Persistent Lochial Discharge
Persistent Lochial Discharge is a condition where the lochial discharge continues for longer than normal and remains red in color rather than changing to a yellowish, serous discharge. Lochia refers to the bloody discharge coming from the placental site. The normal time of lochial discharge is about 3 weeks. In Western medicine, if the lochial discharge has an offensive odor and the woman has a fever, this may indicate an infection and requires medical attention.
There are several potential causes of Persistent Lochial Discharge, including:
- Excessive strain during delivery and long labor can severely deplete Qi. When Qi is deficient, it fails to hold Blood and bleeding may result.
- Invasion of cold during or after delivery can affect the blood vessels and uterus. Cold slows down the circulation of Blood and may cause stasis of Blood, which can obstruct the blood vessels and uterus and cause bleeding.
- Severe loss of blood during childbirth can injure Blood and Yin. In women with a pre-existing condition of Yin deficiency, this can lead to severe Yin deficiency with Empty-Heat. Heat enters the Blood portion and makes the Blood reckless, causing it to spill out of the blood vessels.
The pathology of Persistent Lochial Discharge can manifest in three possible conditions: Qi deficiency, Blood stasis, or Blood-Heat.
- Qi deficiency: When Qi is deficient, it fails to hold Blood and bleeding results. In this case, the blood discharged will be pale.
- Blood stasis: When Blood stagnates, the blood vessels and uterus are obstructed by stagnant Blood. As newly generated Blood has nowhere to go, it leaks out. In this case, the lochial discharge is dark and with clots.
- Blood-Heat: When Heat invades the Blood portion, it makes Blood reckless so that it pushes out of the blood vessels, causing bleeding. In this case, the lochial discharge will be bright red or dark red.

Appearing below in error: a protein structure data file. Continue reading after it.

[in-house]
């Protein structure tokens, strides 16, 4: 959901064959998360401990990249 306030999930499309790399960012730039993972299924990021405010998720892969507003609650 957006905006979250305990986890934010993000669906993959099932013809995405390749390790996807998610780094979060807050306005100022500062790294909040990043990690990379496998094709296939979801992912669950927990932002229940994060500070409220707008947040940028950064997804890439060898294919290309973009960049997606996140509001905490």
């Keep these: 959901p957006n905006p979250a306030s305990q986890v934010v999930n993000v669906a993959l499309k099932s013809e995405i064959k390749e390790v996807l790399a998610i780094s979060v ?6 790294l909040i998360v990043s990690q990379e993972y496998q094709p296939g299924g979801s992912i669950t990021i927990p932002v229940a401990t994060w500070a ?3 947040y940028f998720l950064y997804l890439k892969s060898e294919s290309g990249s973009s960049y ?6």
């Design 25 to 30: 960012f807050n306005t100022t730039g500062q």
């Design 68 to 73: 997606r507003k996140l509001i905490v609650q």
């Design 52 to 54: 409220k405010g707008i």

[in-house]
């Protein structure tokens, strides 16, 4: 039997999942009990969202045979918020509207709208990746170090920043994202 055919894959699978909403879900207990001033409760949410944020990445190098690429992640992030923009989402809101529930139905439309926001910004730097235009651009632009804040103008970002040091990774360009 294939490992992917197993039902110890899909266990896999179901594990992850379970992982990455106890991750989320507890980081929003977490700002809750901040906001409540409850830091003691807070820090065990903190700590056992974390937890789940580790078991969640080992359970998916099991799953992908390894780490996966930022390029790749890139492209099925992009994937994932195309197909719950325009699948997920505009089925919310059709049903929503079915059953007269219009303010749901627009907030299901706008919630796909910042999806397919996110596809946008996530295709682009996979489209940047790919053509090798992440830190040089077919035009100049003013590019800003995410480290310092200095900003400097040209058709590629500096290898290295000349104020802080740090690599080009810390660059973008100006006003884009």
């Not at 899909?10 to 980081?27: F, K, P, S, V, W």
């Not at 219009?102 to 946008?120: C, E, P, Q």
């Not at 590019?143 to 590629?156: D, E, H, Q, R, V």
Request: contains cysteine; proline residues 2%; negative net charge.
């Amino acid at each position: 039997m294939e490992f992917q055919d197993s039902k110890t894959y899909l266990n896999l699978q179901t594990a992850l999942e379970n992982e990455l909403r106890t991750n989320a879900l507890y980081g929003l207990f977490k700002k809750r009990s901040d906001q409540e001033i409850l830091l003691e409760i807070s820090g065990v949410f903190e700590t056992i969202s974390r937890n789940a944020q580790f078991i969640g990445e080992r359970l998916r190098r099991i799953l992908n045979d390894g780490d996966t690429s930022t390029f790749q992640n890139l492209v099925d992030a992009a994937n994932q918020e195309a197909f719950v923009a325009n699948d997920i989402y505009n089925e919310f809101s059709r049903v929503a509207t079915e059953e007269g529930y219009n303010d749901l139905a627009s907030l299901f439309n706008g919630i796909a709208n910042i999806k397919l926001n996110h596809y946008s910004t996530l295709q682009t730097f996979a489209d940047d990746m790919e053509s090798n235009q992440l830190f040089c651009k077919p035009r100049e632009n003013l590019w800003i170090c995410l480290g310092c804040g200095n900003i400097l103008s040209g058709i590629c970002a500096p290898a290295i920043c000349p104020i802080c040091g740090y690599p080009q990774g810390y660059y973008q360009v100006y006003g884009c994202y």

Identification of patterns and treatment
To distinguish between the different types of Persistent Lochial Discharge, it is important to carefully analyze the amount, colour, density, and smell of the lochia. The treatment principles are to tonify Qi, invigorate Blood, or cool Blood. When tonifying with herbs, it is important to avoid over-tonification, as this may create stagnation. When invigorating Blood, it is important to avoid using strong herbs that may deplete Blood, and to use herbs that simultaneously gather Blood and stop bleeding, or herbs that cool Blood and stop bleeding.
Identification of patterns and treatments
The amount, colour, density, and smell of the lochia should be analysed carefully to distinguish deficiency from excess and Heat from Cold. The treatment principles are therefore to tonify Qi, invigorate Blood, or cool Blood. The patterns discussed are:
- Qi deficiency
- Blood stasis
Prognosis and prevention
The prognosis for Persistent Lochial Discharge is generally good when treated promptly and correctly. However, a delay in treatment may lead to chronic conditions such as Anaemia or Uterine prolapse. To prevent Persistent Lochial Discharge, one should avoid excessive strain during delivery and pay attention to the invasion of Cold during or after delivery. A balanced diet rich in nutrients and proper rest are also important in the post-partum period.
In Western medicine, lochia refers to the vaginal discharge containing blood, mucus, and tissue debris that occurs after childbirth. The normal time of lochial discharge is about 3-6 weeks, with the colour changing from red to yellowish-white. Persistent Lochial Discharge may be caused by factors such as infection, uterine atony, or retained placental fragments. Treatment may include antibiotics, uterotonics, or surgery, depending on the underlying cause. It is important to consult a healthcare provider for proper diagnosis and treatment.